In Book Two of “The King’s Jew” http://authl.it/2m5 a new character is introduced in chapter one. His name is Cathal and he is (allegedly) a hermit. Cathal plays an important (though secondary) part in the plot of the book. Yet I needed some background information as to his past life before he became a follower of Lord Cristian Gilleson (my main protagonist). It was then that I stumbled across the last Viking invasion of the British Isles (see below). Thus Cathal arrived with the invading forces, was captured and eventually meets Cristian two years later (1265). Very little (indeed hardly any) of the battle of Largs is mentioned in “The King’s Jew” but it seems only fair that I share this information with those of you who were unaware of this last battle of the Vikings on our Sceptered Isle.
The Battle of Largs (Tuesday 2 October 1263) was an indecisive engagement between the kingdoms of Norway and Scotland near Largs, Scotland. The conflict formed part of the Norwegian expedition in which Magnus Haakonsson, King of Norway attempted to reassert Norwegian sovereignty over the western seaboard of Scotland.
Since the beginning of the 12th century this region had lain within the Norwegian realm, ruled by magnates who recognised the overlordship of the Kings of Norway. However, in the mid-13th century, two Scottish kings, Alexander II and his son Alexander III, attempted to incorporate the region into their own realm.
Following failed attempts to purchase the islands from the Norwegian king, the Scots launched military operations. Hakon responded by leading a massive fleet from Norway, which reached the Hebrides in the summer of 1263. By the end of September, Hakon’s fleet occupied the Firth of Clyde, and when negotiations between the kingdoms broke down, he brought the bulk of his fleet to anchor off The Cumbraes.
On the night of 30 September, during a bout of particularly stormy weather, several Norwegian vessels were driven aground on the Ayrshire coast, near the present-day town of Largs.
On 2 October, while the Norwegians were salvaging their vessels, the main Scottish army arrived on the scene. Composed of infantry and cavalry, the Scottish force was commanded by Alexander of Dundonald, Steward of Scotland.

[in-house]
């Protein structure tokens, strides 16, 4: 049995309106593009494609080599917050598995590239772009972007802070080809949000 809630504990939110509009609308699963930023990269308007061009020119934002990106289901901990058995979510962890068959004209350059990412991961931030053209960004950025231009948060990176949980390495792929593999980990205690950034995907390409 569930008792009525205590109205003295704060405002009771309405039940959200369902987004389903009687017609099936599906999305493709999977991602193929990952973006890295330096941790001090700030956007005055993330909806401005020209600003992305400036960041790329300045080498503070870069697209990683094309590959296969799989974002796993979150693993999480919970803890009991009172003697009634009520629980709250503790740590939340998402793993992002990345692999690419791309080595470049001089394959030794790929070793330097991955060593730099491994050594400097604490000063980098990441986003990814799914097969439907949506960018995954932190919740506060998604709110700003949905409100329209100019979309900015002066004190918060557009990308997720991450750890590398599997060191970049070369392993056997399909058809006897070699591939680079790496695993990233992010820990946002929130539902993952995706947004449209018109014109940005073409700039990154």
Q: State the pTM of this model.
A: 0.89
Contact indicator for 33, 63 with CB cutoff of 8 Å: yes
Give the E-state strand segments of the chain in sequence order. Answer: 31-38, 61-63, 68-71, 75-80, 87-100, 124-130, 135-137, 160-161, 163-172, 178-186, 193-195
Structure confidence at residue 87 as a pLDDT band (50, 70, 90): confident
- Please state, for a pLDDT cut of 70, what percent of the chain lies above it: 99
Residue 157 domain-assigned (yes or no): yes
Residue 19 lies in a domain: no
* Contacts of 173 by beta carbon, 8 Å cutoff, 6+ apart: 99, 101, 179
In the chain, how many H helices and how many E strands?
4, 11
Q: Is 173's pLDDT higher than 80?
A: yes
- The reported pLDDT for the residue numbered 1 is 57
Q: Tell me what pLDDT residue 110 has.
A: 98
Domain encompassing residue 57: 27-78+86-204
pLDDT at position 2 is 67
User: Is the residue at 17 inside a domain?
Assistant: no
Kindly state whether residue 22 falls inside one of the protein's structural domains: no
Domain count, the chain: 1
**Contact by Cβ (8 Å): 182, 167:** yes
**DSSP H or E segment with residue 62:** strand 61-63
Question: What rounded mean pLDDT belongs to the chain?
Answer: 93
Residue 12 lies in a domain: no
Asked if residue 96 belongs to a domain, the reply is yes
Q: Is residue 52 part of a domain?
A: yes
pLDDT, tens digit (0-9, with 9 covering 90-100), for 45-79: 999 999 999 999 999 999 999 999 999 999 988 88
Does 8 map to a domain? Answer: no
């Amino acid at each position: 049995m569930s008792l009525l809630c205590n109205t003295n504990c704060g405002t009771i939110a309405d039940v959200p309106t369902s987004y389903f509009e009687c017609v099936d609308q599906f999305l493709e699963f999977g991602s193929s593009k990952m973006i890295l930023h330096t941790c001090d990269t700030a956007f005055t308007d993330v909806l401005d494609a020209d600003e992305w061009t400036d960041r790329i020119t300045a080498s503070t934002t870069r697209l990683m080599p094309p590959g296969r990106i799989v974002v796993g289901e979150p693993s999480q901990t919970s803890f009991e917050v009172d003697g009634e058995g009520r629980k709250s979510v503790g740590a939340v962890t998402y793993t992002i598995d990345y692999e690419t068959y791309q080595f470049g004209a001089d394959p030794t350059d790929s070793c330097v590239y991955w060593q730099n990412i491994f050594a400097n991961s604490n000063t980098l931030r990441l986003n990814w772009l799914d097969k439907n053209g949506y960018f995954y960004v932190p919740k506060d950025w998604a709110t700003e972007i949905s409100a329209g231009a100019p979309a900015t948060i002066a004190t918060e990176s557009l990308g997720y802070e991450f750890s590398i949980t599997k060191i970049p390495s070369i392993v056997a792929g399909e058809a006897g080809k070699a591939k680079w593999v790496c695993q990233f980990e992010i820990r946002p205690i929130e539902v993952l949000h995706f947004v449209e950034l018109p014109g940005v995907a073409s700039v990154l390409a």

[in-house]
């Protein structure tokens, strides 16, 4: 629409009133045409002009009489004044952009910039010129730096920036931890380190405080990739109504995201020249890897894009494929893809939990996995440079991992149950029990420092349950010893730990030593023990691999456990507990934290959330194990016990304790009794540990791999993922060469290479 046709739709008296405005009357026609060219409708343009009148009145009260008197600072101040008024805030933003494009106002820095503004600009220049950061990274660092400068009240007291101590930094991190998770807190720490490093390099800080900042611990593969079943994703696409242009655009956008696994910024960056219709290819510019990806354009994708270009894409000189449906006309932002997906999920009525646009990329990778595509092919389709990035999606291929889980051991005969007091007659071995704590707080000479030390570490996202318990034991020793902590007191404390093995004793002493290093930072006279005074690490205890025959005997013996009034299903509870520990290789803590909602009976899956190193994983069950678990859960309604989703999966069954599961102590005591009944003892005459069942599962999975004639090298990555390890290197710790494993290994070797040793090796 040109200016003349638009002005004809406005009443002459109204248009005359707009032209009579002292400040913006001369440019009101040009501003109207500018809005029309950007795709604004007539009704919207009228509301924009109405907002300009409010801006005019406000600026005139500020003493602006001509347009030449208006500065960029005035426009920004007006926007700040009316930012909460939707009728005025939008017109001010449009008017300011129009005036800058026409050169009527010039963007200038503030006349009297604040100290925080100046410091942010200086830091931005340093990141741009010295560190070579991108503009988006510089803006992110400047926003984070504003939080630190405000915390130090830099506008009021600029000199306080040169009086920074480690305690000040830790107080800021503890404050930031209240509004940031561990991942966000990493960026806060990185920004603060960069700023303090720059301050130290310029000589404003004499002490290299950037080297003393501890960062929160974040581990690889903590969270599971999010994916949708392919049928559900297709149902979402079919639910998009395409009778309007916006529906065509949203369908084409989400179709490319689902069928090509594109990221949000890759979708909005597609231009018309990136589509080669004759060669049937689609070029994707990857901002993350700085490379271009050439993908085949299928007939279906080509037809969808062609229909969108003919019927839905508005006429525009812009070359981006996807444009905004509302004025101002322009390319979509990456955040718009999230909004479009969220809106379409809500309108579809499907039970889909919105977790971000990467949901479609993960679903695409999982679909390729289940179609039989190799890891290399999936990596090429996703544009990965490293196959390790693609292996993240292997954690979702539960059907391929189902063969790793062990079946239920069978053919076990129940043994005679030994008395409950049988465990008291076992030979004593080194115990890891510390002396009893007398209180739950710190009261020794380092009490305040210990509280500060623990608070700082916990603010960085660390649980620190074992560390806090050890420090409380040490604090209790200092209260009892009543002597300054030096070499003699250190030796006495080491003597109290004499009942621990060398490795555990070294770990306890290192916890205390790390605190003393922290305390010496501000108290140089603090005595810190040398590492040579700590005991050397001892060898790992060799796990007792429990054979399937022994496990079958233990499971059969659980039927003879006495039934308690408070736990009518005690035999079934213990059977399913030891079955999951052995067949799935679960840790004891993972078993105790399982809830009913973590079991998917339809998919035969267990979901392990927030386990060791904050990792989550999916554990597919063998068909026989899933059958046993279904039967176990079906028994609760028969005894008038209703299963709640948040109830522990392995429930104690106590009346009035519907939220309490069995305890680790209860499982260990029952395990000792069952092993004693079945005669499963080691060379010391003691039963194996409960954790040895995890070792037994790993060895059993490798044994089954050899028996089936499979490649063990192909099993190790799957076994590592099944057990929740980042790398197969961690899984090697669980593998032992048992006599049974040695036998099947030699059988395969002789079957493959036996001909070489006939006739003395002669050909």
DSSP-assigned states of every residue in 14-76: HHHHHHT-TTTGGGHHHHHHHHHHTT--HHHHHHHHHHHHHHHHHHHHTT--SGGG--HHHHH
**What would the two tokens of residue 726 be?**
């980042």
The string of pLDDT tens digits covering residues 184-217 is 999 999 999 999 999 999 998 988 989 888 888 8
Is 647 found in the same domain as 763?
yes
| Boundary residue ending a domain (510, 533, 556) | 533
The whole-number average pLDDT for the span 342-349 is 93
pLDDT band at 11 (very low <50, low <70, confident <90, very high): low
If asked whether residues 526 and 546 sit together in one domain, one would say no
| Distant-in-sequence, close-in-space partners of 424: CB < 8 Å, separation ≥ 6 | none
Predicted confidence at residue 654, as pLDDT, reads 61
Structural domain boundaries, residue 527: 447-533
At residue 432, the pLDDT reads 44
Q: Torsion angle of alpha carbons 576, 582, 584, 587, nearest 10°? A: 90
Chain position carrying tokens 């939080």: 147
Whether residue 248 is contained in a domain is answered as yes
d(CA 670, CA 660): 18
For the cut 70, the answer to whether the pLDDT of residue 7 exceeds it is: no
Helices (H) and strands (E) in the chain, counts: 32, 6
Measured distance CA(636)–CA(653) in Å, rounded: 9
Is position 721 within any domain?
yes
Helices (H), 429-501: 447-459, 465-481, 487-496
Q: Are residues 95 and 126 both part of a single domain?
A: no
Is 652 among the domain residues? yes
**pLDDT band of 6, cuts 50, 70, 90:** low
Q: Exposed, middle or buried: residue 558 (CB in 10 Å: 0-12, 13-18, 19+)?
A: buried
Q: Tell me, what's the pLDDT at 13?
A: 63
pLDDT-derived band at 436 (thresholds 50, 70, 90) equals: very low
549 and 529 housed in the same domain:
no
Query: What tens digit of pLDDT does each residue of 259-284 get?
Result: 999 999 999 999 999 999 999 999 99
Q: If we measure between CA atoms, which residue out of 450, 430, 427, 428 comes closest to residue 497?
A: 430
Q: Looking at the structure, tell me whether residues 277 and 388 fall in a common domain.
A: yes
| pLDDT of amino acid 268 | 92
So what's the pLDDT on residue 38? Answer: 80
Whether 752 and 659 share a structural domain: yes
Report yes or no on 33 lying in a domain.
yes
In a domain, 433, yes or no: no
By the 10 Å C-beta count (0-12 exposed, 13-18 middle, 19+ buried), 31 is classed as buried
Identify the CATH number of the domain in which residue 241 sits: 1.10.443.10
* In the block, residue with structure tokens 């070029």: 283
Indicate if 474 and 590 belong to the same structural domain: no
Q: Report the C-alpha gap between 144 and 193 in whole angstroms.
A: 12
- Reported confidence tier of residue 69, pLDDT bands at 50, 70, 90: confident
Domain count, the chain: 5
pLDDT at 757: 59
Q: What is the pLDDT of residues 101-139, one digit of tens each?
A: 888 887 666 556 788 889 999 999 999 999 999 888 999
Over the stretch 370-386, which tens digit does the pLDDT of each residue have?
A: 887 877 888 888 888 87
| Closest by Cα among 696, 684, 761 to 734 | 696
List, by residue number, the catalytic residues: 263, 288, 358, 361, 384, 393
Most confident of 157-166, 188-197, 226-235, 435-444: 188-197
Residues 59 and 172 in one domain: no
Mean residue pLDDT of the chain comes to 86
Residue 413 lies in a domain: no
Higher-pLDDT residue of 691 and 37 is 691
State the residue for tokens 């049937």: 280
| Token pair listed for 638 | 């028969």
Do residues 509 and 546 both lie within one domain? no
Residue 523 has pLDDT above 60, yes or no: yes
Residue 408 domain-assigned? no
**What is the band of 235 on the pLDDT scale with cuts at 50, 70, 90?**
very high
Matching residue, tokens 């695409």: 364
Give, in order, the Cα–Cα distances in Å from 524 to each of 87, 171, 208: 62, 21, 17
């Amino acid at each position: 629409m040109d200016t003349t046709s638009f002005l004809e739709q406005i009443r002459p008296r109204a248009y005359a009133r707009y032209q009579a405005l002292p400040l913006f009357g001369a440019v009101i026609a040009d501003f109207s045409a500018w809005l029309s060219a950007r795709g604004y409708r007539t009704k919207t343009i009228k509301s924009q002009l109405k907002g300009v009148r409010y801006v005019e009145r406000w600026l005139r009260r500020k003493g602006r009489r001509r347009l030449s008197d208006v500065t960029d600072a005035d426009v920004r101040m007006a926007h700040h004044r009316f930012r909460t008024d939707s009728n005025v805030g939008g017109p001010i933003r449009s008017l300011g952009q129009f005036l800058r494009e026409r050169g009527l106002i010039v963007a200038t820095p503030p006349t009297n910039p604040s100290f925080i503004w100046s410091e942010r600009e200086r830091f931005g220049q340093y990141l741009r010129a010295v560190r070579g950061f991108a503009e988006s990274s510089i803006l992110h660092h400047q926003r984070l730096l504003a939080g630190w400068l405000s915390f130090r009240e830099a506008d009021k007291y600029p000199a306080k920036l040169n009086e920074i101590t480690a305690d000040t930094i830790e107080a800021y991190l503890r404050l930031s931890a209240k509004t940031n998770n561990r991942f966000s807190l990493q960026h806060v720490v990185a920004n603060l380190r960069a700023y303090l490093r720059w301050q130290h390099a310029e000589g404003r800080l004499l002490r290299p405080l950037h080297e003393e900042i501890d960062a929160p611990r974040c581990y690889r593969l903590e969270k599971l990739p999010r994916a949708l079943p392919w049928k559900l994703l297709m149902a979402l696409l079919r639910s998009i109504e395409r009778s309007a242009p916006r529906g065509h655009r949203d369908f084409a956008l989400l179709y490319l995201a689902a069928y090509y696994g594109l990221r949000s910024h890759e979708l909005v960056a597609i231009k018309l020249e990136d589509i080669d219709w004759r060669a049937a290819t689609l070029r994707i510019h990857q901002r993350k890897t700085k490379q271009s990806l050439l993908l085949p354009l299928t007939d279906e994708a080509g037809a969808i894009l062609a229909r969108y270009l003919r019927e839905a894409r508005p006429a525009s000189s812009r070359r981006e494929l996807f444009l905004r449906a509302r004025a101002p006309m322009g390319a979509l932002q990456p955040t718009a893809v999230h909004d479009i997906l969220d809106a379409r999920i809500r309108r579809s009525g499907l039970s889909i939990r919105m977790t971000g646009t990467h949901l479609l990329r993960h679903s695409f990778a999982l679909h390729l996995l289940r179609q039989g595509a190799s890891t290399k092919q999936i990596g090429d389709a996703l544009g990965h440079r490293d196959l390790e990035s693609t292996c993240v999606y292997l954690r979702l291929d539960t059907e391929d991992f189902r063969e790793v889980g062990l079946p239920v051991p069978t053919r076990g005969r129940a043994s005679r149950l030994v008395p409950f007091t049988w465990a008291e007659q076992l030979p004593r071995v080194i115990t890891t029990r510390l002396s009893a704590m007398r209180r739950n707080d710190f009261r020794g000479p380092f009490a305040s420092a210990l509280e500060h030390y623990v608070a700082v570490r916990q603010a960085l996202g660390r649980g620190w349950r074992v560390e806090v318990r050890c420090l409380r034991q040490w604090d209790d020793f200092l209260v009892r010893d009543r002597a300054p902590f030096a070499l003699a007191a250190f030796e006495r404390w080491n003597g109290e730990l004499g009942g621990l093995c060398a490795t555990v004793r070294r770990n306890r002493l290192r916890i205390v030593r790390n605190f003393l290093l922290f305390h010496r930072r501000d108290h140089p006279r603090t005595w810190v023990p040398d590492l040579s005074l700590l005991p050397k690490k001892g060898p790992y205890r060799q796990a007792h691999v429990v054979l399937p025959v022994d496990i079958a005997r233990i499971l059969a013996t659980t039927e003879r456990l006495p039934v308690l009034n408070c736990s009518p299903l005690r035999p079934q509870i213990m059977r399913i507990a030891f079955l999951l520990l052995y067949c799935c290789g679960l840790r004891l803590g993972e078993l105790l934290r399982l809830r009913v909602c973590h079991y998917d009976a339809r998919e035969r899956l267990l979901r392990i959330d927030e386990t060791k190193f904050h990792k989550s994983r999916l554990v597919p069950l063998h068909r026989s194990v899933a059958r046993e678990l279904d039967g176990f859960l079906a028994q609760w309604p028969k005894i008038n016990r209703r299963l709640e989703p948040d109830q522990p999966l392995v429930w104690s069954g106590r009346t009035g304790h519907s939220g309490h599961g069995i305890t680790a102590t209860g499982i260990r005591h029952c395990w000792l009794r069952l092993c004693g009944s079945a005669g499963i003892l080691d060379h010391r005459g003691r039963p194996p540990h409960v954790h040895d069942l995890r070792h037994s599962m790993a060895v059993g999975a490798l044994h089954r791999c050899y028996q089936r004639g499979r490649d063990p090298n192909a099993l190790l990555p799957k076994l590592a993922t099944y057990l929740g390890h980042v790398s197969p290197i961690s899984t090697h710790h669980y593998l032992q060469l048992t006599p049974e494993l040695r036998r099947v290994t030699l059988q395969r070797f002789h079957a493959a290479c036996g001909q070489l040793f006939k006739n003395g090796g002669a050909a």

The Norwegians were gathered in two groups: the larger main force on the beach and a small contingent atop a nearby mound. The advance of the Scots threatened to divide the Norwegian forces, so the contingent upon the mound ran to re-join their comrades on the beach below.
Seeing them running from the mound, the Norwegians on the beach believed they were retreating, and fled back towards the ships. Fierce fighting took place on the beach, and the Scots took up a position on the mound formerly held by the Norwegians.
Late in the day, after several hours of skirmishing, the Norwegians were able to recapture the mound. The Scots withdrew from the scene and the Norwegians were able to re-board their ships. They returned the next morning to collect their dead.
The weather was deteriorating, and Haakonsson’s demoralised forces turned for home. Hakon’s campaign had failed to maintain Norwegian overlordship of the seaboard, and his native magnates, left to fend for themselves, were soon forced to submit to the Scots.
The Scots invaded and conquered the Isle of Man the following year, which was, with the whole of the Western Isles, then annexed to the Crown of Scotland.
Three years after the battle, with the conclusion of the Treaty of Perth, Magnus Haakonsson King of Norway ceded Scotland’s western seaboard to Alexander III, and thus the centuries-old territorial dispute between the consolidating kingdoms was at last settled.
And that was the last time the ‘Vikings’ invaded the British Isles.
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Magnus Haakonsson (Old Norse: Magnús Hákonarson, Norwegian: Magnus Håkonsson; 1 May 1238 – 9 May 1280) was King of Norway (as Magnus VI) from 1263 to 1280 (junior king from 1257). One of his greatest achievements was his modernisation and nationalisation of the Norwegian law-code, after which he is known as Magnus the Law-mender (Old Norse: Magnús lagabœtir, Norwegian: Magnus Lagabøte). He was the first Norwegian monarch known to personally have used an ordinal number, although originally counting himself as “IV”.
Alexander III (Medieval Gaelic: Alaxandair mac Alaxandair; Modern Gaelic: Alasdair mac Alasdair) (4 September 1241 – 19 March 1286) was King of Scots from 1249 to his death.
Alexander Stewart (1214–1283), also known as Alexander of Dundonald, was 4th hereditary High Steward of Scotland from his father’s death in 1246. A son of Walter Stewart, 3rd High Steward of Scotland by his wife Bethóc, daughter of Gille Críst, Earl of Angus, Alexander is said to have accompanied Louis IX of France on the Seventh Crusade (1248–1254). In 1255 he was one of the councillors of King Alexander III.